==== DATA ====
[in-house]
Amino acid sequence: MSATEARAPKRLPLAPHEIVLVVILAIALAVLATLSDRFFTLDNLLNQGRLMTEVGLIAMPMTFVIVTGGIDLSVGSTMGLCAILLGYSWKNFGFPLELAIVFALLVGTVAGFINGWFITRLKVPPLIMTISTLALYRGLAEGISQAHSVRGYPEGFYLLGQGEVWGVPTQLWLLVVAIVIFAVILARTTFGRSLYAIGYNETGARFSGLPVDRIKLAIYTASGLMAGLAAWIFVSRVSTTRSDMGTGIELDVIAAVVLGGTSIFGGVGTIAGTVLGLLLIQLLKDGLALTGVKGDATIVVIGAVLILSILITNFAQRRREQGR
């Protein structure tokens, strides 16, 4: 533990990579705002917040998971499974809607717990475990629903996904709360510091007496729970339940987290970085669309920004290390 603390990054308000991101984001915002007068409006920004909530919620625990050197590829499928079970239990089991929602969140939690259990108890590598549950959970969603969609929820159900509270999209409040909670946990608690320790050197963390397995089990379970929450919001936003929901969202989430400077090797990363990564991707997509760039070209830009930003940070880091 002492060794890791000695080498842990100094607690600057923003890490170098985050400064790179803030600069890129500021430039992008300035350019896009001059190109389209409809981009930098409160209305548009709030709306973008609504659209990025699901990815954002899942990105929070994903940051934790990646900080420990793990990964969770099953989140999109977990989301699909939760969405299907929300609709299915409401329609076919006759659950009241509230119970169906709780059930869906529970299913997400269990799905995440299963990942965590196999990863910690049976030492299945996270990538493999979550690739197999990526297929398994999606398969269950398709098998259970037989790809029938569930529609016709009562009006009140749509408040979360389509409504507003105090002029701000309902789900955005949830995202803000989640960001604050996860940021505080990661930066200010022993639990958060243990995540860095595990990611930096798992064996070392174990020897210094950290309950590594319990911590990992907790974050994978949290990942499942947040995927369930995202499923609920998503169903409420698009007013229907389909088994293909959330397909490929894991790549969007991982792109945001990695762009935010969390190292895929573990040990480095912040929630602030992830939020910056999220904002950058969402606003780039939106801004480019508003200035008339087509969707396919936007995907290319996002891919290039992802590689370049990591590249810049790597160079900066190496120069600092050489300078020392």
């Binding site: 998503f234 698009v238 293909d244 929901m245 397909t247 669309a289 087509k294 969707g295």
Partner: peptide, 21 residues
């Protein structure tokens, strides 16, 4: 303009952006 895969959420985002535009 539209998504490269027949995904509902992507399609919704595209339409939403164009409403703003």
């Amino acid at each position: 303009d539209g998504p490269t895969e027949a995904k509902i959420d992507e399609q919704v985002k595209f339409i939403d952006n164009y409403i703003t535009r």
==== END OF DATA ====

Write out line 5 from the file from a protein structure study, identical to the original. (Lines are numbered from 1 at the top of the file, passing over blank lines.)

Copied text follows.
Partner: peptide, 21 residues